A recent road accident that left over 30 farmworkers injured has again sparked public outcry over the inhumane way farmworkers are transported in South Africa. Those engaged in the farming sector have once more made an appeal to government to put a stop to farmworkers being transported on open trucks and bakkies.
On the morning of Monday, 20 June, 35 farmworkers were injured when the truck that transports them to work overturned on the R45 between Klapmuts and Simondium in the Cape Winelands. No fatality but one major injury was reported.
Last year, more than 70 seasonal workers were injured, also near Klapmuts. In an unrelated incident between Worcester and De Doorns, three farmworkers died when 40 women were flung off the back of a four-tonne truck when the driver allegedly lost control of the vehicle.
In January this year, about 80 farmworkers were involved in a truck accident near Paarl after the truck which transported them to work overturned on the R44.
“For many years we have been observing our people being transported like animals at the back of these trucks. Come rain or sunshine, nothing changes,” says Xolisani Booi, a community leader and a small-scale farmer in George.
To Booi, the most recent incident in Klapmuts came as no surprise.
“We have been warning against this for some time now. All our efforts fall on deaf ears. This is an exploitation of desperate farmworkers who have no choice but to board these trucks.”
He has called on farmers and the department of employment and labour to find a solution before a far worse accident happens.
Situation remains unchanged
Jannie Strydom, CEO of Agri Western Cape, tells Food For Mzansi that the transportation of farmworkers is an ongoing issue that they have been working on for years.
“We are very open to taking hands with all relevant parties to try and find practical solutions to this issue. The safety of farmers and farmworkers and their families will always be a priority to us.”
Agri Western Cape has met with relevant parties on numerous occasions, and even appeared before a portfolio committee to try and find some type of solution, Strydom says. However, the fate of farmworkers transported on the back of trucks and bakkies remains unchanged in the province.
Meanwhile, Billy Claasen, executive director for the Rural and Farmworkers Development Organisation, says that when his non-profit organisation, and others, attended a provincial government meeting on this issue, they were not allowed to give inputs.
Since then, they have made numerous calls to the police, provincial and local traffic officials to report overloaded farm trucks. “But nothing has been done. Some farmers and some labour contractors just don’t care and will soon again overload trucks.”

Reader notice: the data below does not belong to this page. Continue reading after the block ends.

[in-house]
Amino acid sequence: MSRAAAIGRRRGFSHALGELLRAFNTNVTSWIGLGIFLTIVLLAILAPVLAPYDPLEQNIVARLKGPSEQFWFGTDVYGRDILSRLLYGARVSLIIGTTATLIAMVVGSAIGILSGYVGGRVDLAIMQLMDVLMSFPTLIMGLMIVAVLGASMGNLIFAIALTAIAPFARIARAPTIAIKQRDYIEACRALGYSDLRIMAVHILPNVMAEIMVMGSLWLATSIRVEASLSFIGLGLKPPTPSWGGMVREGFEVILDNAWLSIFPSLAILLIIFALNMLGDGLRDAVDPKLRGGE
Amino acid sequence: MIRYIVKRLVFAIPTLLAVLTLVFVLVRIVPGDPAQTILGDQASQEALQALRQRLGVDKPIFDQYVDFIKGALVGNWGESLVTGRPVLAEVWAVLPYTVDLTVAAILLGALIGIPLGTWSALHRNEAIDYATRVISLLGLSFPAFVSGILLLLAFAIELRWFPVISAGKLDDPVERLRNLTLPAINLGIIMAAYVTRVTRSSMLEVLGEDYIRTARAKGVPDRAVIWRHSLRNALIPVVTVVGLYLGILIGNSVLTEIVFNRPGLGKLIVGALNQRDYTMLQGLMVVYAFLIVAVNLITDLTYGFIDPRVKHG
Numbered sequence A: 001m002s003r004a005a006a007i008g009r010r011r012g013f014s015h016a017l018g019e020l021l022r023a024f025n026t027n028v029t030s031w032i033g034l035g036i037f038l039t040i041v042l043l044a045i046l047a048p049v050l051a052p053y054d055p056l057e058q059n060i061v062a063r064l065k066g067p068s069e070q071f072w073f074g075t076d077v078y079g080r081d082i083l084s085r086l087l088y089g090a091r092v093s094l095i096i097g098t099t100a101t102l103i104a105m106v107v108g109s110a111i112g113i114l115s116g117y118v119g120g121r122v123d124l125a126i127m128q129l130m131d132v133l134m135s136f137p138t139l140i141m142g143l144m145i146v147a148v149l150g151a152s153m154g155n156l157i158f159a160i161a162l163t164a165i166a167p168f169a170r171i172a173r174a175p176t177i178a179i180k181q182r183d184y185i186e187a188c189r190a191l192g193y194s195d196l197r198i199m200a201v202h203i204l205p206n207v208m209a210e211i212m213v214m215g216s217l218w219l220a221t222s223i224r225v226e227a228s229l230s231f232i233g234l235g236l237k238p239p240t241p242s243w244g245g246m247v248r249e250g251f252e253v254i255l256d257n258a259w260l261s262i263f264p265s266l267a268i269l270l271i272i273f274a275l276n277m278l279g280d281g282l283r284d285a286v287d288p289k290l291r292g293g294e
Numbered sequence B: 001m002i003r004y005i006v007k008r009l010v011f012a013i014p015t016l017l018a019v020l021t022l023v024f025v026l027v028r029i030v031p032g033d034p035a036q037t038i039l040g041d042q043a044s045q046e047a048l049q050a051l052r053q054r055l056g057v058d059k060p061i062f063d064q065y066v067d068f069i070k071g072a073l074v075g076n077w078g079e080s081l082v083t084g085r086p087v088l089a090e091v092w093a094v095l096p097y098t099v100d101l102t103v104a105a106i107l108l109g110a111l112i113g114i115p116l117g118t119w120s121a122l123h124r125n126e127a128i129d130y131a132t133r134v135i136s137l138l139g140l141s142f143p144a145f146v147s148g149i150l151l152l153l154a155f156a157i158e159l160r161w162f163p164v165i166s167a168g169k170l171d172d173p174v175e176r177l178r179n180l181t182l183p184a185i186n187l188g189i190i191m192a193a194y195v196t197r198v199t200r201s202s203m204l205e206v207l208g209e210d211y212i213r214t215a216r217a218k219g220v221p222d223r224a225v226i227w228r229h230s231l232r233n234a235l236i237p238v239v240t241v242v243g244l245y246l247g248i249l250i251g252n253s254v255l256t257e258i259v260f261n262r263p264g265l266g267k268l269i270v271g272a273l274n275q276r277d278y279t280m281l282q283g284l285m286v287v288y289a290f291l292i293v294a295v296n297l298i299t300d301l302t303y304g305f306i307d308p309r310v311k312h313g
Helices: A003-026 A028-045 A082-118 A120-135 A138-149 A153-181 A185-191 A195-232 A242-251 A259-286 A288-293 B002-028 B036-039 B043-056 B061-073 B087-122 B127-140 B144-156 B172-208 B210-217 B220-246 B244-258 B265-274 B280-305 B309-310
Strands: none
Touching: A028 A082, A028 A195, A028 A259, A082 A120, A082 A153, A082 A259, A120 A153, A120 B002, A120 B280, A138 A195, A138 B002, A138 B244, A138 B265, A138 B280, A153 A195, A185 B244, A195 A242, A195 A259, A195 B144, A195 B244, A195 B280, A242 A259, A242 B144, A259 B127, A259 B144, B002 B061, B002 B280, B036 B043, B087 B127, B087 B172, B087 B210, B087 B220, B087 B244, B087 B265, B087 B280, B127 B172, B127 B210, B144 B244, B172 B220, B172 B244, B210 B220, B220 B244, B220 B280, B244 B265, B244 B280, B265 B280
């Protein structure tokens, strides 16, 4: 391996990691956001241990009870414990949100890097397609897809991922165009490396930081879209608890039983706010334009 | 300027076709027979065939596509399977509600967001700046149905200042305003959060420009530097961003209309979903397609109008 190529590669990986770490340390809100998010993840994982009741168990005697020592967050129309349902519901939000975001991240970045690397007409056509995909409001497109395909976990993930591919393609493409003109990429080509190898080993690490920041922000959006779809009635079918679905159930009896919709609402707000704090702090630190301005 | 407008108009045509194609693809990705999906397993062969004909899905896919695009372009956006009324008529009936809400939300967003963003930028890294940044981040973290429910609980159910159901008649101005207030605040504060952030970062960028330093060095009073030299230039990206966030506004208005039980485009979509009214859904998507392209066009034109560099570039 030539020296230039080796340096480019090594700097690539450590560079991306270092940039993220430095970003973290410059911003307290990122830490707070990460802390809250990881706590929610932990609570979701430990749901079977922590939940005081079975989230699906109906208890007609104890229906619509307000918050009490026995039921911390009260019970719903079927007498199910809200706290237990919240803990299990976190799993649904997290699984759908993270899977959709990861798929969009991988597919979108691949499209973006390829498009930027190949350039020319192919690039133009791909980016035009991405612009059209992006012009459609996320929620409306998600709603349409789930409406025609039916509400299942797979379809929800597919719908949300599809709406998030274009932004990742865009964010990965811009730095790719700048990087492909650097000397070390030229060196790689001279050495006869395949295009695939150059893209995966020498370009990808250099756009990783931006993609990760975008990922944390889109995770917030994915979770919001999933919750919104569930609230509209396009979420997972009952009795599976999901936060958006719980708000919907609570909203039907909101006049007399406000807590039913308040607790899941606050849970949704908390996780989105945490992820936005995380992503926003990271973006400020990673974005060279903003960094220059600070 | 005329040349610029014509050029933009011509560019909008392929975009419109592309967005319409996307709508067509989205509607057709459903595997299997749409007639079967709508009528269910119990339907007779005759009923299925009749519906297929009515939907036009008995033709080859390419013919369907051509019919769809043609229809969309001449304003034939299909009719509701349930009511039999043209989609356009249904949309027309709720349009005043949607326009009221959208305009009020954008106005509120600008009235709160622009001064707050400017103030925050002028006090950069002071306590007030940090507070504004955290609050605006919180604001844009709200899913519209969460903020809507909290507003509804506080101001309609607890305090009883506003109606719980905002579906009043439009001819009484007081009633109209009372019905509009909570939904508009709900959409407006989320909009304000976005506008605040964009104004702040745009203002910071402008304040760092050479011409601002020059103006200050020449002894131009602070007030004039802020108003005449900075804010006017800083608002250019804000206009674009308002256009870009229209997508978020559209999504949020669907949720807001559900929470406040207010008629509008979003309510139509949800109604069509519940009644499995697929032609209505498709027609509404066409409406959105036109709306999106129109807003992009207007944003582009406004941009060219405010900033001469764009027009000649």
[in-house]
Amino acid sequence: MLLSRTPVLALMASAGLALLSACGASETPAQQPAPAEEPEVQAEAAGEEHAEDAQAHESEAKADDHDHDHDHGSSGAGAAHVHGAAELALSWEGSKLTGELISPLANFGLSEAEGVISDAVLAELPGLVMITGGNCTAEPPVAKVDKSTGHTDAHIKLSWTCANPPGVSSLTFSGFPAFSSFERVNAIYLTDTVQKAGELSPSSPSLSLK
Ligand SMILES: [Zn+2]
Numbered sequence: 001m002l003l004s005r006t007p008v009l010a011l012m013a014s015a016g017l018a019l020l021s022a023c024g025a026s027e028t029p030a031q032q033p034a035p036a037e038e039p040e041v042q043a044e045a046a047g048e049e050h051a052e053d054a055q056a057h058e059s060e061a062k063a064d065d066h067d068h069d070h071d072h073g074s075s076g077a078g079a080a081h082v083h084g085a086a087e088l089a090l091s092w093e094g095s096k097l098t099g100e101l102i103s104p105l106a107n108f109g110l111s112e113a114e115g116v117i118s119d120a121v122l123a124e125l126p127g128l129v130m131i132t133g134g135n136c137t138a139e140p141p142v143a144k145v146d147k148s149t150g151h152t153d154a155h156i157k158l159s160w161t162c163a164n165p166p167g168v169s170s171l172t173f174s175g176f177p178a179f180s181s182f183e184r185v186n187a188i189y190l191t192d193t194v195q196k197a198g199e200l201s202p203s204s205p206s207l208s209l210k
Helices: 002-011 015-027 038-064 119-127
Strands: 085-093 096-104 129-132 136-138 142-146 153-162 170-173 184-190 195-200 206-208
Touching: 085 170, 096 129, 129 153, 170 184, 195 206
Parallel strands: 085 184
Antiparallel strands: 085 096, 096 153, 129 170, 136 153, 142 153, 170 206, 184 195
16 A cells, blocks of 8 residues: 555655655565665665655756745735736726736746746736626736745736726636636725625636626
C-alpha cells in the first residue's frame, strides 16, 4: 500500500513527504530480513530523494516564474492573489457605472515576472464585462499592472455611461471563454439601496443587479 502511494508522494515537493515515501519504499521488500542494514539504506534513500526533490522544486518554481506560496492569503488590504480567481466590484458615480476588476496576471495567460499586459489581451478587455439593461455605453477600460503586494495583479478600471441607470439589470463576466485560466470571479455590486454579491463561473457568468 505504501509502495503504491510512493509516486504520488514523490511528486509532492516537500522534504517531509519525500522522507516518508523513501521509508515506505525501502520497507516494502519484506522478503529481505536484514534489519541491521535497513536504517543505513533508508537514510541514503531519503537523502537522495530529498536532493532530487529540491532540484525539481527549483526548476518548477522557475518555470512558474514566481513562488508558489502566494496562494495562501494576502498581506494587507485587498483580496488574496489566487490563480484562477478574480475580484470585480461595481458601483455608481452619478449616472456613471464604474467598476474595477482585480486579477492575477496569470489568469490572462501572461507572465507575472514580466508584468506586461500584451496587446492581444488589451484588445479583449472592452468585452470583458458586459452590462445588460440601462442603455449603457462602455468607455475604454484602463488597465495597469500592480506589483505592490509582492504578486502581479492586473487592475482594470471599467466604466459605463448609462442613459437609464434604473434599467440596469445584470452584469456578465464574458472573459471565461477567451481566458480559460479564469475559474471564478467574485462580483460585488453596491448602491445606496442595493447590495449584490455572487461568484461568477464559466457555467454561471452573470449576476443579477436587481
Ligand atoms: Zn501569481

According tom him, many farmers and workers did not even adhere to Covid-19 safety protocols when transporting workers.
“Farmworkers are not important enough for the government and are just used by some farmers to get filthy rich. We still await the president to fulfil his promises to meet with farmworker NGOs and labour unions. He have met with farmers on several occasions and platforms but we still wait on his promises.”
The way in which farmworkers are currently being transported is unacceptable and cannot be tolerated anymore, Claasen says.
“We appeal to the president and the ministers of labour and agriculture to put a stop to this inhumane transportation of farmworkers on open trucks and bakkies. This we have pleaded for years now, and nothing has been done.”
Farming unions speak out
Denico Dube, deputy general secretary of the Commercial, Stevedoring, Agricultural and Allied Workers Union (CSAAWU), believes there is no appetite from farmers and the ethical bodies to change the mode of transport for agricultural workers.
“It is sad and hurtful to hear that some of our people were again in an accident due to the lack [will] in farmers to upgrade the mode of transport of farmworkers.”
Dube believes that the only solution to this phenomenon is for farmworkers to be unionised.
“The lack of public transport in the rural areas is also to blame. We should put it before the door of the government. Hence still today, farmworkers are being transported like animals at the back of bakkies and trucks.”
Also, it should be clear that farmworkers can’t afford to pay for their own reliable transport to and from work, Dube says.
Meanwhile, Cosatu in the Western Cape has called on the minister of employment and labour to ban the transportation of farmworkers on trucks. “We are also calling on the law enforcement agencies to thoroughly investigate this matter to ensure that justice is served.
“Cosatu is also calling on the farm owners to look after the families of the injured farmworkers and that they be paid in full while at home due to injuries sustained in the accident,” says Malvern de Bruyn, provincial secretary at Cosatu.
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